You need to be very careful about the dry dog food that you select, as many are full of artificial colors, flavors, and preservatives. Many also include unhealthy fillers and ingredients with absolutely no nutritional value.
2. Moist Dog Food (Canned)
Moist dog food is quite the opposite of dry kibble. It has a very high moisture content, which gives it a completely different texture. Moist dog food is soggy and much easier for senior dogs or dogs with poor dental health to eat as it requires no chewing.
Moist dog food is typically cooked at a very high temperature in order to sterilize the food. It may come in cans, foil trays or pouches. The food may be in meatloaf form, chunks in jelly or chunks in gravy. You can buy refrigerated and frozen moist dog food too.
This type of dog food is more expensive, though usually has a fairly long shelf life. You need to be careful when buying moist food as well. You’ll need to pay attention to the protein and water content.
The higher the water content, the fewer nutrients are going to be in the food. This means your dog will need to consume more food to meet his daily nutritional requirements. Look for a food that is 100% nutritionally complete, and be sure to read the label completely before making your purchase.
3. Semi-moist Dog Food
This is not a popular form of dog food, but it is a popular method type of dog treat. Most experts do not recommend this type of diet as it is the least nutritional of all the different types of dog food and usually contains many artificial flavors and colors.
Semi-moist dog food will typically look like soft pellets. It has a chewy texture and usually comes packaged in sachets. If you’re thinking about feeding your pup a semi-moist diet, you need to seek the advice of your veterinarian first. It may not be a bad option for your dog’s diet, but it’s likely not the best choice.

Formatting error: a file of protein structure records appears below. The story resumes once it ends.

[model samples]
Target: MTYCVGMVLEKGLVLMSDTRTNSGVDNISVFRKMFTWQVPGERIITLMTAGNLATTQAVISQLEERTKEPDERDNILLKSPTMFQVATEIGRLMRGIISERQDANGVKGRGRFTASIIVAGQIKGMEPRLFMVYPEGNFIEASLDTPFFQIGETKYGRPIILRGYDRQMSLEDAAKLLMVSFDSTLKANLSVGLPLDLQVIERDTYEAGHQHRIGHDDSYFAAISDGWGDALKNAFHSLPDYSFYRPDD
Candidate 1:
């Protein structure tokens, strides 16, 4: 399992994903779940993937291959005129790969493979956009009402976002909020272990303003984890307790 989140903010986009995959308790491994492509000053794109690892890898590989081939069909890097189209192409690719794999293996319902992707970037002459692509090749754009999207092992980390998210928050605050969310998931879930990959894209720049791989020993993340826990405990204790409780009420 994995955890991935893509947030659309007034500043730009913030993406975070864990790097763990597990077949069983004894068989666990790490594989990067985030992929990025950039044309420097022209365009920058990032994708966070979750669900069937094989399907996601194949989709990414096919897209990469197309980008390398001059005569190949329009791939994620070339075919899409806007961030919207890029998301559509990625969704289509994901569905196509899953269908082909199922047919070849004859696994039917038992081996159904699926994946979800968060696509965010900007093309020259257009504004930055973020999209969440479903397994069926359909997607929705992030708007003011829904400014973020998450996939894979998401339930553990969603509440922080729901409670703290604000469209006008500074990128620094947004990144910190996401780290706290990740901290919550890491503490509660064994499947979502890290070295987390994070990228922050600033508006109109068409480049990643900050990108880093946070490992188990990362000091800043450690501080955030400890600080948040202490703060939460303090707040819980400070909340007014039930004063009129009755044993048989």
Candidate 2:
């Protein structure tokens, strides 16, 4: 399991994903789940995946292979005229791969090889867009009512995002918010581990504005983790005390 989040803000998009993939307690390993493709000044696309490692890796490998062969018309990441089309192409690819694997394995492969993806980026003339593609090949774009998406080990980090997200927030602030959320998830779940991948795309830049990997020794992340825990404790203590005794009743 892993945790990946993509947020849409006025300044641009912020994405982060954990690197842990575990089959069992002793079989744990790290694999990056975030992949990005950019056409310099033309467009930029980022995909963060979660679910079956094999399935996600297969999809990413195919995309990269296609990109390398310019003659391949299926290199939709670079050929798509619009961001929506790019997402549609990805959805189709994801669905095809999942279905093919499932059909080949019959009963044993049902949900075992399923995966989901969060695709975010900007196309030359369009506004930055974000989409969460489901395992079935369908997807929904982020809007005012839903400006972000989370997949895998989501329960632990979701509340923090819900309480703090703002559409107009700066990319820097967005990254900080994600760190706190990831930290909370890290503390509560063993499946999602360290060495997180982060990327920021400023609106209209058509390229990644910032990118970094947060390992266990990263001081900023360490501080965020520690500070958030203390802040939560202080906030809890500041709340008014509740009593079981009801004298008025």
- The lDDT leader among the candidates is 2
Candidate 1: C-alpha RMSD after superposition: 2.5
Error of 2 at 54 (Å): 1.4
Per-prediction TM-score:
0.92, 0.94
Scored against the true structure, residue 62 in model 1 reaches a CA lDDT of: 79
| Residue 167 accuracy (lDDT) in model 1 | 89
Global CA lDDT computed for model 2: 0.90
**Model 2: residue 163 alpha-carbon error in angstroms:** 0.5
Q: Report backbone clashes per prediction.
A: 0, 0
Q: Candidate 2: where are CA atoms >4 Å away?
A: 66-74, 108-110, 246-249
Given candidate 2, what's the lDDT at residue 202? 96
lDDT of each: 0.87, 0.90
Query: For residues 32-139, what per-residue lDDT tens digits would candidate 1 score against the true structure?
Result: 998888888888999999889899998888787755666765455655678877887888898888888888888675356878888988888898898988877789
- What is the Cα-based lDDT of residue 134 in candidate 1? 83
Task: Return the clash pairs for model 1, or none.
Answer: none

4. Frozen and Freeze-Dried Dog Food
Raw dog food will either come in a freeze-dried or frozen form. This has to be done for sanitary reasons. Raw food becomes susceptible to bacteria growth if not kept at cold temperatures.
These diets are very healthy, and many experts in the pet food industry are now recommending this type of diet, but it’s also very expensive. Feeding your dog a frozen or freeze-dried food will cost at least twice (if not three or four times) as much as traditional dry kibble.
These foods do not last very long either. Usually, you can leave frozen food in the refrigerator for 2-3 days, and you can mix a large batch of freeze-dried food with water and leave it in the refrigerator for 3-4 days. This means more prep time and a lot more work than most pet parents want.
Safe handling is a MUST when it comes to frozen and freeze-dried dog food. Here are some things you’ll need to keep in mind if you’re considering this option:
- After every meal your dog’s bowl, any utensils that were used and all other dishes used to make the food need to be washed in hot soapy water and completely dried before being reused.
- You’ll need to be vigilant about the state of the dog food packaging – making sure there are no holes or tears.
- You’ll need to wash your hands thoroughly and sanitize any surfaces that the food touched after preparing your dog’s meal.
- Leftover food needs to be stored EXACTLY as the manufacturer recommends. Usually, it needs to be sealed and refrigerated on the bottom shelf of your refrigerator.
As you can see, there is a lot more work to feeding your dog a raw diet than most dog owners want. It is one of the healthiest options, so if you have the time and you can afford the dog food it’s a very good choice to discuss with your veterinarian.
Holistic vets have a different take on dog foods. As Dr. Becker says the goal that every dog owner should have is to feed their pet the best food available that they can afford. If you’re not feeding your pet an appropriate diet right now, that’s okay.
It’s never too late to change your dog’s health by changing his diet.
Speak to your vet, do some research and think about your budget. Spending a little extra on a quality dog food will aid in your dog’s overall health and well-being. You’ll be saving money on veterinary bills, supplements, and grooming expenses.
Understanding the different types of dog food and making the best choice for your dog will make your Fido happier and healthier.